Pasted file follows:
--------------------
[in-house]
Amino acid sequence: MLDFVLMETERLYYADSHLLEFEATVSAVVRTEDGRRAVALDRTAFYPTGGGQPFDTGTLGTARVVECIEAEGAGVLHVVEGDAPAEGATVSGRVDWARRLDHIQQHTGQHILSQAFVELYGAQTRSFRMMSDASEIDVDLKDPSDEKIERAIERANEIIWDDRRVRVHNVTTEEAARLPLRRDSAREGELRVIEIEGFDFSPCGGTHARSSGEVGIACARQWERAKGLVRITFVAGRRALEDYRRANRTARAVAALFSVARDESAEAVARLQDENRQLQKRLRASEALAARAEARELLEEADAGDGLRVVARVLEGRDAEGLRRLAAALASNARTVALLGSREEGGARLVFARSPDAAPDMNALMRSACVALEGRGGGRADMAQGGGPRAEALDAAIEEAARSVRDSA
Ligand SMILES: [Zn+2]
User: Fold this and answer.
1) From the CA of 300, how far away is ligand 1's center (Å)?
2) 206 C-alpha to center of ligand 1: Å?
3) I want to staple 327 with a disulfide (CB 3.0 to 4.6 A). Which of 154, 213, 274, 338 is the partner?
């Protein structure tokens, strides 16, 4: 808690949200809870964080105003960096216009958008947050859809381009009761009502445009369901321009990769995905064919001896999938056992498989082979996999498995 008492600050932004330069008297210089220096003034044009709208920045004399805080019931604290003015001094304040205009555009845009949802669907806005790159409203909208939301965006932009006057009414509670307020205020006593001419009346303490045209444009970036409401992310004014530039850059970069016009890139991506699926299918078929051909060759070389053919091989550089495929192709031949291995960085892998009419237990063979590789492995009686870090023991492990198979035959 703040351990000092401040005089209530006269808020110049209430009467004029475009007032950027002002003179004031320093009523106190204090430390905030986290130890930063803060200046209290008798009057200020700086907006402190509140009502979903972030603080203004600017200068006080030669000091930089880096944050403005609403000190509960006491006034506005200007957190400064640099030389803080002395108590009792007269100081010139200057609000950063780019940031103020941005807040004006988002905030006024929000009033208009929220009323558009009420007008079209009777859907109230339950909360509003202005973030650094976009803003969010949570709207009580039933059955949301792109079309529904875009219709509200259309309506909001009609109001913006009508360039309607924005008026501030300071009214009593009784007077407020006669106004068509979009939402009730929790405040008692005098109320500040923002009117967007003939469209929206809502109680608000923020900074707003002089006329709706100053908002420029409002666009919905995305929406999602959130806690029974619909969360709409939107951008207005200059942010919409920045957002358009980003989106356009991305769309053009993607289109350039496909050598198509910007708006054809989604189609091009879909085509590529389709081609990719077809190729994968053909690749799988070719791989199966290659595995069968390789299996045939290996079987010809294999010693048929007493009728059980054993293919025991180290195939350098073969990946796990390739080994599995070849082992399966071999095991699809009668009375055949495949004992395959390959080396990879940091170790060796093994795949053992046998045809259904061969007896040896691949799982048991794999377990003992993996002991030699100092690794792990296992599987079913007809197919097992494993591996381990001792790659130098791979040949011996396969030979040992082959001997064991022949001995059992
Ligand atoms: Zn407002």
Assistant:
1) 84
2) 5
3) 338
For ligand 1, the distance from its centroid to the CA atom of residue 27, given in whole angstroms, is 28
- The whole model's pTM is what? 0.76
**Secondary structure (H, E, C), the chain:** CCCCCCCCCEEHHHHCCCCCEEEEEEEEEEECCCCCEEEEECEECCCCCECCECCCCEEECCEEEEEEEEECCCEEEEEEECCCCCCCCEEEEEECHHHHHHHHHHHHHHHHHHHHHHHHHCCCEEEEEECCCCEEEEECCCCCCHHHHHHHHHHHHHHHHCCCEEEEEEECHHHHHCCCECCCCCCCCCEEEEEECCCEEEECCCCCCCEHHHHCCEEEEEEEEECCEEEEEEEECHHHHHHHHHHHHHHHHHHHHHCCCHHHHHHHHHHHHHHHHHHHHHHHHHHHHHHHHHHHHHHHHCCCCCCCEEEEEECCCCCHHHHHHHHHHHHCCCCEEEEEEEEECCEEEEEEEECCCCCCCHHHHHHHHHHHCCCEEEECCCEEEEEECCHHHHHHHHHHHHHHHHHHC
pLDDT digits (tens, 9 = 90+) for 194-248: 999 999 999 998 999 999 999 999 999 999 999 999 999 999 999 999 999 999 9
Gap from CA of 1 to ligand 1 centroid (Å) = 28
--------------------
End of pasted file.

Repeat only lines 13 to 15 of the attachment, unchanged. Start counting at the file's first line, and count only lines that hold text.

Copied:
3) 338
For ligand 1, the distance from its centroid to the CA atom of residue 27, given in whole angstroms, is 28
- The whole model's pTM is what? 0.76